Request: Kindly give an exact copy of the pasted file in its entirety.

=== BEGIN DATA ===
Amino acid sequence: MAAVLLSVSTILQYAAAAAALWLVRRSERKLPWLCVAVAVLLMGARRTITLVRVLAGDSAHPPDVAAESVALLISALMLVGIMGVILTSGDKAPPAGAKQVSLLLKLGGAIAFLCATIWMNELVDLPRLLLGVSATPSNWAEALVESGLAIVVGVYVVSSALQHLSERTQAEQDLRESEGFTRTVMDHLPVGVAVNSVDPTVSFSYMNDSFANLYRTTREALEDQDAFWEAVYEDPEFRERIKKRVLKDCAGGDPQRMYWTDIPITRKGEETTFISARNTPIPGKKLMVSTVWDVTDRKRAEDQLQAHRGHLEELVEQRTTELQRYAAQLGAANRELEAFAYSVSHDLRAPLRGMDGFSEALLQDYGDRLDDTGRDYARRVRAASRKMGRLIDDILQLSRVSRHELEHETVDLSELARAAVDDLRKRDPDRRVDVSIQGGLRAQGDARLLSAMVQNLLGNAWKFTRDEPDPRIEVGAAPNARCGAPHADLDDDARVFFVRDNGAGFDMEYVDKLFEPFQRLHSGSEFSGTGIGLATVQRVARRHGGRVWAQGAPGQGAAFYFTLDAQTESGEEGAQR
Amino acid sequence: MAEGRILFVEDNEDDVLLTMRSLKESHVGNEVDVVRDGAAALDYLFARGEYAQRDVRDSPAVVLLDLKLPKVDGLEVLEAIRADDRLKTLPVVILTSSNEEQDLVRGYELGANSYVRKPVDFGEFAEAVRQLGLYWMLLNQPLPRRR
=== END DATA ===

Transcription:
Amino acid sequence: MAAVLLSVSTILQYAAAAAALWLVRRSERKLPWLCVAVAVLLMGARRTITLVRVLAGDSAHPPDVAAESVALLISALMLVGIMGVILTSGDKAPPAGAKQVSLLLKLGGAIAFLCATIWMNELVDLPRLLLGVSATPSNWAEALVESGLAIVVGVYVVSSALQHLSERTQAEQDLRESEGFTRTVMDHLPVGVAVNSVDPTVSFSYMNDSFANLYRTTREALEDQDAFWEAVYEDPEFRERIKKRVLKDCAGGDPQRMYWTDIPITRKGEETTFISARNTPIPGKKLMVSTVWDVTDRKRAEDQLQAHRGHLEELVEQRTTELQRYAAQLGAANRELEAFAYSVSHDLRAPLRGMDGFSEALLQDYGDRLDDTGRDYARRVRAASRKMGRLIDDILQLSRVSRHELEHETVDLSELARAAVDDLRKRDPDRRVDVSIQGGLRAQGDARLLSAMVQNLLGNAWKFTRDEPDPRIEVGAAPNARCGAPHADLDDDARVFFVRDNGAGFDMEYVDKLFEPFQRLHSGSEFSGTGIGLATVQRVARRHGGRVWAQGAPGQGAAFYFTLDAQTESGEEGAQR
Amino acid sequence: MAEGRILFVEDNEDDVLLTMRSLKESHVGNEVDVVRDGAAALDYLFARGEYAQRDVRDSPAVVLLDLKLPKVDGLEVLEAIRADDRLKTLPVVILTSSNEEQDLVRGYELGANSYVRKPVDFGEFAEAVRQLGLYWMLLNQPLPRRR